Sooner or later, we, the present generation, are going to have to make some decisions about resolving the energy crisis. The solutions that many offer today only postpone the inevitable. We have to realize that any viable solution will take time and it will cost us money. But it is money well spent if we are to insure the future for the coming generations, presuming that they will be further generations.
It is a moral imperative that we not only take care of the environment in which we live but also insure that our progeny have a world to live in and the energy to live in that world.
Additional notes –
There are a number of articles available, especially in the solar energy industry, if you are interested; I received the following information from The Vote Solar Initiative:
Utility Involvement in Distributed Generation Markets
First, there’s a new phenomenon afoot–across the US, utilities are getting involved in distributed generation solar markets like never before. Boon or threat? We just published an article in Renewable Energy World with our friend Kevin Fox (of Keyes and Fox, LLC) with an answer, and our thoughts about what it all means for the solar industry. The short version: we believe this new development provides advocates with a tremendous new opportunity to open up solar markets for all. In California, we are working towards a standard-offer wholesale tariff under the RPS. In North Carolina, we are intervening to establish a standard-offer REC program. As utilities are now able to take the federal investment tax credit, we expect this trend to accelerate and we hope that the path we’ve laid out provides a helpful model for our friends and allies.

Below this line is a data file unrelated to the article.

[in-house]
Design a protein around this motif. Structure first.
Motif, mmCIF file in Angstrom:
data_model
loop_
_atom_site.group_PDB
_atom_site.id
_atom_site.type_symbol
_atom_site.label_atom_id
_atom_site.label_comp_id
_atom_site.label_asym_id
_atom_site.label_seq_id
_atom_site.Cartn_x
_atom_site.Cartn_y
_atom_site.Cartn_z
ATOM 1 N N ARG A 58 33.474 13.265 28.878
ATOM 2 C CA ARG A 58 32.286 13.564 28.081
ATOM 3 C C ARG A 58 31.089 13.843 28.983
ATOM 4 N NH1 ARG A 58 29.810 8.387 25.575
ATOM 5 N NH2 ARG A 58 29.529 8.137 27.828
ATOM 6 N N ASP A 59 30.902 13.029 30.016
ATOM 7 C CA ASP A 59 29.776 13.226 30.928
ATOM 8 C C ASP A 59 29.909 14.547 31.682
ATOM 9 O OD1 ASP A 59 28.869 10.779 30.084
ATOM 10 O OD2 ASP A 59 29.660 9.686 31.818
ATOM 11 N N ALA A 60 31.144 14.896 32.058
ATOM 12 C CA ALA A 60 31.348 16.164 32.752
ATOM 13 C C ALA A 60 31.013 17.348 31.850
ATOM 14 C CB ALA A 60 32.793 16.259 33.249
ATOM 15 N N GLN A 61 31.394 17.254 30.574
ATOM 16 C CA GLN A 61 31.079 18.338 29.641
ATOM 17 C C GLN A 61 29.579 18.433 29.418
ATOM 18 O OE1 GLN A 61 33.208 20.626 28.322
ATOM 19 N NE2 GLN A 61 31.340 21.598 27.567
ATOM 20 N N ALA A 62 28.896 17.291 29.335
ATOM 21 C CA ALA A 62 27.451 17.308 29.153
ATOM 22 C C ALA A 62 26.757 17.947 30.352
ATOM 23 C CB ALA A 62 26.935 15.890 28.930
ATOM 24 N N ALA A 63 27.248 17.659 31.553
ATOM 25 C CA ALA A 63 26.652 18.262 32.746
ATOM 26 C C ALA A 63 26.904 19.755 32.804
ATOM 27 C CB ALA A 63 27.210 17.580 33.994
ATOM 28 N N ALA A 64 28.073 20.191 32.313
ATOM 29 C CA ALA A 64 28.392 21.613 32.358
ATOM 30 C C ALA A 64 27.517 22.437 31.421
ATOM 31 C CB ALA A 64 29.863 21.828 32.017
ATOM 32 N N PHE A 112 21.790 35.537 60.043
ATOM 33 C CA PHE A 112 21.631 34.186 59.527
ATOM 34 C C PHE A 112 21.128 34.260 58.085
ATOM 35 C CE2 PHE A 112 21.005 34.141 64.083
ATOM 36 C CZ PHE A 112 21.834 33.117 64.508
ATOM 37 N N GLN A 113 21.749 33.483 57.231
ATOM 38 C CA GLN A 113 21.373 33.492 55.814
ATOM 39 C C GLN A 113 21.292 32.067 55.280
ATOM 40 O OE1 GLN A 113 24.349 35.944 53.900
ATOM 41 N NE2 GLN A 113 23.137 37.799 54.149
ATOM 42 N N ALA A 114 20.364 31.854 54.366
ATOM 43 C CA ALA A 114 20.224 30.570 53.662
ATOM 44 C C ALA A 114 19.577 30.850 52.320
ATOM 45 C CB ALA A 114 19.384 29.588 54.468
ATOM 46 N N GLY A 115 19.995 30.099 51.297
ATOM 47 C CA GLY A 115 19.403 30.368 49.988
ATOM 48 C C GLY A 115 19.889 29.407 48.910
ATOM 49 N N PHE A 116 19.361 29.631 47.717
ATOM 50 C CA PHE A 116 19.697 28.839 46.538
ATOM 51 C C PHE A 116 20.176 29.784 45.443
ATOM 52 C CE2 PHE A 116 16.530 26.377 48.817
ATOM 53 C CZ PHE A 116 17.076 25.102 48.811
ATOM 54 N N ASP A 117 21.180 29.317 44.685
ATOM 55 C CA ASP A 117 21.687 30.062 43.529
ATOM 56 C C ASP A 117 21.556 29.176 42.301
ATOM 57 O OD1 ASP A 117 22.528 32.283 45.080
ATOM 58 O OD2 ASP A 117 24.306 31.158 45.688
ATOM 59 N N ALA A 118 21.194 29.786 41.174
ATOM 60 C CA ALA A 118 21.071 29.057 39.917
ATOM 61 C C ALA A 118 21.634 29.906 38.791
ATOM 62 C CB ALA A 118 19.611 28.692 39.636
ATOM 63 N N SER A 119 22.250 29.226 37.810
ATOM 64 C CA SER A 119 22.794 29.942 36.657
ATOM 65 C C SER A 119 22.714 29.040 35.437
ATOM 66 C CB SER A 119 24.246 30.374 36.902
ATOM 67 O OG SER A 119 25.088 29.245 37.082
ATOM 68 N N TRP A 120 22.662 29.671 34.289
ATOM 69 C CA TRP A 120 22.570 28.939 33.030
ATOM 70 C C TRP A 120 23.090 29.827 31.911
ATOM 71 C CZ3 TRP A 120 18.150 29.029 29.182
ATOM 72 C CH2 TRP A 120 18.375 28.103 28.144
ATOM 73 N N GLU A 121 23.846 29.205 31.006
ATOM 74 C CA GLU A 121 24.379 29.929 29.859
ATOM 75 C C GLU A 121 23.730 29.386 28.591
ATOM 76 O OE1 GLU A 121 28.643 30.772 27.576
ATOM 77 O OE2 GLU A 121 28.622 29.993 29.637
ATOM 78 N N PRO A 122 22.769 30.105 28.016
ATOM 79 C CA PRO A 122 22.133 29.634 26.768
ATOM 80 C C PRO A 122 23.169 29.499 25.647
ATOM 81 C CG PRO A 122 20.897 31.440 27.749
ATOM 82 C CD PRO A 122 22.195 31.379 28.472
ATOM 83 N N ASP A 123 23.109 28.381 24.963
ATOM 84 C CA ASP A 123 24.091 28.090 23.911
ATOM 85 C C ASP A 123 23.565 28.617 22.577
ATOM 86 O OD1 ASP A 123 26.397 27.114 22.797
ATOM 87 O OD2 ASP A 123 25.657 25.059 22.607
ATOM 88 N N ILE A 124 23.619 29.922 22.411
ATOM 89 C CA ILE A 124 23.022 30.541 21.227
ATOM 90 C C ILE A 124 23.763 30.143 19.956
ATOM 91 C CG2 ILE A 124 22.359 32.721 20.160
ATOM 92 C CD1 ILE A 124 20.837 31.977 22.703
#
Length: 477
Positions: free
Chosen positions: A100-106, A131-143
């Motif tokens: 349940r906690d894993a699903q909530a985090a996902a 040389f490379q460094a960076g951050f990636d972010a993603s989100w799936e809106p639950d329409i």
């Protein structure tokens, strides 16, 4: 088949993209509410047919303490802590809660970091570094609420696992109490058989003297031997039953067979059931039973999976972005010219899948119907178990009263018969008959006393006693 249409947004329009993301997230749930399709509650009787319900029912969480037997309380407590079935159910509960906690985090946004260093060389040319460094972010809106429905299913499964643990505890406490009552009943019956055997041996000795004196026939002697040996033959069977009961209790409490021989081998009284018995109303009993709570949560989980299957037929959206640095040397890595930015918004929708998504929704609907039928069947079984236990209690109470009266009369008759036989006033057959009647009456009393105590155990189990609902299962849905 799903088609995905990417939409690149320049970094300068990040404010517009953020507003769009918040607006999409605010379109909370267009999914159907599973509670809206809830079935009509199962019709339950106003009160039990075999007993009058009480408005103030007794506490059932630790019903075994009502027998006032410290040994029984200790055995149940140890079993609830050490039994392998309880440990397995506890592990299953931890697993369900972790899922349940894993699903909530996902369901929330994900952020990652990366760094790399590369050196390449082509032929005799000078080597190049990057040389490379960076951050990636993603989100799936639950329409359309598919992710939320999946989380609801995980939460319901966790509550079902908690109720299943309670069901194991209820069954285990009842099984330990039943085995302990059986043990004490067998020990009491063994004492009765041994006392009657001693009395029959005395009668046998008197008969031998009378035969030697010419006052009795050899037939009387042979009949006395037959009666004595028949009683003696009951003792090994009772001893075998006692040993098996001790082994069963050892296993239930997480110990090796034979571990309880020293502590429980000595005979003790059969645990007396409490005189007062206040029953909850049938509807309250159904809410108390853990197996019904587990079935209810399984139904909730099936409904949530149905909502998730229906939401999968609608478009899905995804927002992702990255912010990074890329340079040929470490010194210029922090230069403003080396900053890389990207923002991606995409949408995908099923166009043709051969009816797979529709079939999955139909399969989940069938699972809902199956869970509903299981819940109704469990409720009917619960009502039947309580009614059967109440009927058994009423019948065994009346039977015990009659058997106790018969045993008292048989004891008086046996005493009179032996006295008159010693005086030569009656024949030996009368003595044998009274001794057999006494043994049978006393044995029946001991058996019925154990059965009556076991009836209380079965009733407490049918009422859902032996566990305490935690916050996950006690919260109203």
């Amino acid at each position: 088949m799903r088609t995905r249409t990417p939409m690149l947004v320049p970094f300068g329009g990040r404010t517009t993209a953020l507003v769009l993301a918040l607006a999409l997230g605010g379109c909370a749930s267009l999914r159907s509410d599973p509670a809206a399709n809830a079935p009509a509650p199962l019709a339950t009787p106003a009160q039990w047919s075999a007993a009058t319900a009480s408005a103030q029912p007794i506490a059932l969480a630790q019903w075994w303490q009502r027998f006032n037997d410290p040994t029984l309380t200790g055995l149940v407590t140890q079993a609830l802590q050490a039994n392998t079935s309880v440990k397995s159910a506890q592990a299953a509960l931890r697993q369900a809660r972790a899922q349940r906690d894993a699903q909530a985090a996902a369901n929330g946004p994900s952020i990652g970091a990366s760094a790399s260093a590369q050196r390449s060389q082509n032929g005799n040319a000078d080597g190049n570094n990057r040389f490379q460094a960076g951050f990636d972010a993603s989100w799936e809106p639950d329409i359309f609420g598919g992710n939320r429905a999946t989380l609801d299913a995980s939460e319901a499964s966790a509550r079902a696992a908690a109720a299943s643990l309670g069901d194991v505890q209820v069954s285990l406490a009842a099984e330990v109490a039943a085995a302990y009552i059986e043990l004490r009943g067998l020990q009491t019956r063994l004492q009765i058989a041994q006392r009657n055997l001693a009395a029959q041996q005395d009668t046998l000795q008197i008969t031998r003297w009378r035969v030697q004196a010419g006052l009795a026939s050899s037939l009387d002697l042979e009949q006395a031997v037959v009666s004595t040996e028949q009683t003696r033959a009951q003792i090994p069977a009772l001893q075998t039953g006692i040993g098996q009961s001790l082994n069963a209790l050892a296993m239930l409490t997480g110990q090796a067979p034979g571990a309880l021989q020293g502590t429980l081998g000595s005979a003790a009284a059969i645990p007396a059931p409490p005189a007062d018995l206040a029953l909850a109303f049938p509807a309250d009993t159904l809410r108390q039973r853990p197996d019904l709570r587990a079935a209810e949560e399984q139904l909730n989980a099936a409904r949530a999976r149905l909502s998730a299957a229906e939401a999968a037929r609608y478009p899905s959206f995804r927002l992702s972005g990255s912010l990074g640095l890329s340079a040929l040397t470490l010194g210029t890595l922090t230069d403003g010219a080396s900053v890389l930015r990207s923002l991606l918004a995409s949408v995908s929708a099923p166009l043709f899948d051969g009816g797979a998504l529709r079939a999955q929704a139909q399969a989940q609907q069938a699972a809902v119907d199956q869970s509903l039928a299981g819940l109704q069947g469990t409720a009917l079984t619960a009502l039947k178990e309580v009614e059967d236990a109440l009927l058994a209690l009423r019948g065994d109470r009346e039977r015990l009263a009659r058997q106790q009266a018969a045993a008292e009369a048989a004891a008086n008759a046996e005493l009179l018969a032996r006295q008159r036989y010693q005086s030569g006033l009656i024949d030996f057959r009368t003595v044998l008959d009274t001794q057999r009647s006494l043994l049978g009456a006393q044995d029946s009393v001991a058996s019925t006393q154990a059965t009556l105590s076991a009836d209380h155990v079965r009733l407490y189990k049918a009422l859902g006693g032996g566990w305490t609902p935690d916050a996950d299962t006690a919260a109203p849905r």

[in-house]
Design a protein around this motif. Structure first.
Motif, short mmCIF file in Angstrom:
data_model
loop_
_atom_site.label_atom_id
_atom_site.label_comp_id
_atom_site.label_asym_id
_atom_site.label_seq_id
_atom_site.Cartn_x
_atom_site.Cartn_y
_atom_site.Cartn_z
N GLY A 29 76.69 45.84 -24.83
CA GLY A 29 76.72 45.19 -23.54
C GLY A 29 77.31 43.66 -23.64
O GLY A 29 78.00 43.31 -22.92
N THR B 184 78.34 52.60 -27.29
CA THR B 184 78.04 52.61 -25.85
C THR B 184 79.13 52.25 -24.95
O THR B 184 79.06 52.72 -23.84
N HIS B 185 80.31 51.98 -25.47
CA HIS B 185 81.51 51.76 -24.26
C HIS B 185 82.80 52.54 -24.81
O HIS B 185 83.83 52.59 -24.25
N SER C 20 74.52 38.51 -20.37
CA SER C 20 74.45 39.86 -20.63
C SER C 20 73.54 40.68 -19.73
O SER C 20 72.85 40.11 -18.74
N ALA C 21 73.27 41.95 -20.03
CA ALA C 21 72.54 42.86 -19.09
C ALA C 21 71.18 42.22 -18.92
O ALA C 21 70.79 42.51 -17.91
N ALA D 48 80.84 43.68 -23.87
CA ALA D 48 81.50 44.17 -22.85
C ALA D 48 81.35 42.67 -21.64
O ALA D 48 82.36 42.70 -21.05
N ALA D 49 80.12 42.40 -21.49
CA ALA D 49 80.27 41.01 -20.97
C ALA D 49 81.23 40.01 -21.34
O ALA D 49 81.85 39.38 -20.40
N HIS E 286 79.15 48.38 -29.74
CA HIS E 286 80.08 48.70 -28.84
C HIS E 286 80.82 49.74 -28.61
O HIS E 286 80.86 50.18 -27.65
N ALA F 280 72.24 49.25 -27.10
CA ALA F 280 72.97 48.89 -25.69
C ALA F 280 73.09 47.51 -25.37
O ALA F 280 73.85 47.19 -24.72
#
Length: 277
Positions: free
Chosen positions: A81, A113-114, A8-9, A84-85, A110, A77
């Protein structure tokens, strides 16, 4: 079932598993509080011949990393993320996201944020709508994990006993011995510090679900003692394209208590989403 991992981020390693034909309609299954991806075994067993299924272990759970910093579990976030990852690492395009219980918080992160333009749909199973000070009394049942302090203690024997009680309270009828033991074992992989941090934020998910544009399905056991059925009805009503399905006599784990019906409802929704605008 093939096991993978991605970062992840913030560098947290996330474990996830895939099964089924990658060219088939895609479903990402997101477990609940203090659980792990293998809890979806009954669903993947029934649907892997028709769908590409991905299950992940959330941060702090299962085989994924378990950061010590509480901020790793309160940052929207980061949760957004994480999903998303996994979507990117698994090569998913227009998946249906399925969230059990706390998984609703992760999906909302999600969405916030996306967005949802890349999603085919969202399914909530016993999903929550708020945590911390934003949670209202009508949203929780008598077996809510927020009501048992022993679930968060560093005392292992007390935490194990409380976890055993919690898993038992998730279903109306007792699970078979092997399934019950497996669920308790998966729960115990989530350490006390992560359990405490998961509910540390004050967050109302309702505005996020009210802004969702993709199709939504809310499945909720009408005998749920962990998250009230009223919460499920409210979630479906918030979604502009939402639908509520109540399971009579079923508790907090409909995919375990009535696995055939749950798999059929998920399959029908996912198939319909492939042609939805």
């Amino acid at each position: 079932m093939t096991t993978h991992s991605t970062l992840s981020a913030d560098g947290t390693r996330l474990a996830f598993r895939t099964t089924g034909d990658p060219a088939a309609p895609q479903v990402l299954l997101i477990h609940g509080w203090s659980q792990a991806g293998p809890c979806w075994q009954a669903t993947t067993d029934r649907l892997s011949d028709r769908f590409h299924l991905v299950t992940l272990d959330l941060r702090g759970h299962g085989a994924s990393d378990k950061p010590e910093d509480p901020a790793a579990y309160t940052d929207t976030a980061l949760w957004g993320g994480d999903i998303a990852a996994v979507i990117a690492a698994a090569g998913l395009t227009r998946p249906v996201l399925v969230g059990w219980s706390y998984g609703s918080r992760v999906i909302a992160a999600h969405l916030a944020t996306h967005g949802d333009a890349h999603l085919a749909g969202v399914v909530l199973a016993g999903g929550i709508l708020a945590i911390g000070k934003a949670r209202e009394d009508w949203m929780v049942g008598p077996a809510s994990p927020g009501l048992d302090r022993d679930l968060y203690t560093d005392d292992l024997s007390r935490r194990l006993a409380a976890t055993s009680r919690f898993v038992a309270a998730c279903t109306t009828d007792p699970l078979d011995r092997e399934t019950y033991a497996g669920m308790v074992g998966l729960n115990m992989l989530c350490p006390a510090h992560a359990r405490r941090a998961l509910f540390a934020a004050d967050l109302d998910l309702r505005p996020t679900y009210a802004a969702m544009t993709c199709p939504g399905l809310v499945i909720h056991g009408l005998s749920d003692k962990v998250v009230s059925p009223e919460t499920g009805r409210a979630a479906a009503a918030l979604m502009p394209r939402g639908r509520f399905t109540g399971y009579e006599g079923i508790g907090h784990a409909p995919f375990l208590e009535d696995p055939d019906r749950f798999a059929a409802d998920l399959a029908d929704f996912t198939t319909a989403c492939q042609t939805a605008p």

Market Mechanisms, Policy Choices
Which brings us to our second release. With the long-term extension of the 30% investment tax credit and the explosion of solar manufacturing capacity worldwide, we’re entering a new era of solar possibilities. After years of living in a seller’s market, we are finally going to see lower module prices–and that means new opportunities to develop state solar programs.
As we discuss in our Renewable Energy World paper, solar can participate in both wholesale and retail markets. To help inform policy choices, we’re releasing a tool that will help analyze the incentives necessary to deliver the same customer economics under three different policy scenarios: upfront incentives, performance-based incentives, and a feed-in tariff. Check out the BETA version here and let us know what you think.
Municipal Tax Assessment Financing
Finally, the implosion of credit markets could mean severe problems for people looking to finance a solar purchase. In a timely Wall Street Journal article, Vote Solar is quoted discussing how financial innovation is as important as technological innovation. One potential remedy has been pioneered by the city of Berkeley, with their innovative property tax assessment financing program. We’ve just posted a couple papers discussing how the model works, and what states can do to enable municipalities to follow their lead. Check them out here.
If you are interested in what The Vote Solar Initiative is doing, they can be reached at
The Vote Solar Initiative
300 Brannan Street, Suite 609
San Francisco, CA 94107
I would be interested in knowing what other information is available.
Cross-posted to RedBlueChristian